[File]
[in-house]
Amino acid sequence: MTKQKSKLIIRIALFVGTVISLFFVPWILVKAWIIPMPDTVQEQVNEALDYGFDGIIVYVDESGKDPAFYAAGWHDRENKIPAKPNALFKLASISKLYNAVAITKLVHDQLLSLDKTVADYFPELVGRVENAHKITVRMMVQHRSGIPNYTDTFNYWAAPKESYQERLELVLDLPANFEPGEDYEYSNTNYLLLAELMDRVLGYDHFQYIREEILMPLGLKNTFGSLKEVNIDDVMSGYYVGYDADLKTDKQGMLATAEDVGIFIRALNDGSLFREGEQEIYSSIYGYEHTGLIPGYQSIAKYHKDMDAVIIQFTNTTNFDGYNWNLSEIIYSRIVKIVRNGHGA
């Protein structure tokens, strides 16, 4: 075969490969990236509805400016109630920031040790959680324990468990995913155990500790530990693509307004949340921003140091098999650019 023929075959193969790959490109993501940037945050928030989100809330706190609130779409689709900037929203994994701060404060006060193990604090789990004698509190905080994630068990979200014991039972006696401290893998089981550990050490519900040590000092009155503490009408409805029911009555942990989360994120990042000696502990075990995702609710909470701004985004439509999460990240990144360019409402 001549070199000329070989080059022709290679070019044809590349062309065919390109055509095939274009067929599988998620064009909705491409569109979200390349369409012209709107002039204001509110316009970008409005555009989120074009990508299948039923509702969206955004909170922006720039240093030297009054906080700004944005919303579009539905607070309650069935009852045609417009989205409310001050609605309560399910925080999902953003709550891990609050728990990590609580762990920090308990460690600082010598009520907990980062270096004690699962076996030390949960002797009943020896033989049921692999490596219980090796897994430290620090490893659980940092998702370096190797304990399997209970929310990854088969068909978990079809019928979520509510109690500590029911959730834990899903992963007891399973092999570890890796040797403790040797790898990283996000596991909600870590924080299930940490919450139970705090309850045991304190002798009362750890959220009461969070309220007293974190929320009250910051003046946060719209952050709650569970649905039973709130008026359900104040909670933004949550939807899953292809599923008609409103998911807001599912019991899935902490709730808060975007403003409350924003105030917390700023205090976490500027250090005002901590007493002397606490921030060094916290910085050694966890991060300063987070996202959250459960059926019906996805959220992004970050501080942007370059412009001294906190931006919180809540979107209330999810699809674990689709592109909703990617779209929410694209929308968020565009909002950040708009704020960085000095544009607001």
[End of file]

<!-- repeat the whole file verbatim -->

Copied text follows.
[in-house]
Amino acid sequence: MTKQKSKLIIRIALFVGTVISLFFVPWILVKAWIIPMPDTVQEQVNEALDYGFDGIIVYVDESGKDPAFYAAGWHDRENKIPAKPNALFKLASISKLYNAVAITKLVHDQLLSLDKTVADYFPELVGRVENAHKITVRMMVQHRSGIPNYTDTFNYWAAPKESYQERLELVLDLPANFEPGEDYEYSNTNYLLLAELMDRVLGYDHFQYIREEILMPLGLKNTFGSLKEVNIDDVMSGYYVGYDADLKTDKQGMLATAEDVGIFIRALNDGSLFREGEQEIYSSIYGYEHTGLIPGYQSIAKYHKDMDAVIIQFTNTTNFDGYNWNLSEIIYSRIVKIVRNGHGA
């Protein structure tokens, strides 16, 4: 075969490969990236509805400016109630920031040790959680324990468990995913155990500790530990693509307004949340921003140091098999650019 023929075959193969790959490109993501940037945050928030989100809330706190609130779409689709900037929203994994701060404060006060193990604090789990004698509190905080994630068990979200014991039972006696401290893998089981550990050490519900040590000092009155503490009408409805029911009555942990989360994120990042000696502990075990995702609710909470701004985004439509999460990240990144360019409402 001549070199000329070989080059022709290679070019044809590349062309065919390109055509095939274009067929599988998620064009909705491409569109979200390349369409012209709107002039204001509110316009970008409005555009989120074009990508299948039923509702969206955004909170922006720039240093030297009054906080700004944005919303579009539905607070309650069935009852045609417009989205409310001050609605309560399910925080999902953003709550891990609050728990990590609580762990920090308990460690600082010598009520907990980062270096004690699962076996030390949960002797009943020896033989049921692999490596219980090796897994430290620090490893659980940092998702370096190797304990399997209970929310990854088969068909978990079809019928979520509510109690500590029911959730834990899903992963007891399973092999570890890796040797403790040797790898990283996000596991909600870590924080299930940490919450139970705090309850045991304190002798009362750890959220009461969070309220007293974190929320009250910051003046946060719209952050709650569970649905039973709130008026359900104040909670933004949550939807899953292809599923008609409103998911807001599912019991899935902490709730808060975007403003409350924003105030917390700023205090976490500027250090005002901590007493002397606490921030060094916290910085050694966890991060300063987070996202959250459960059926019906996805959220992004970050501080942007370059412009001294906190931006919180809540979107209330999810699809674990689709592109909703990617779209929410694209929308968020565009909002950040708009704020960085000095544009607001």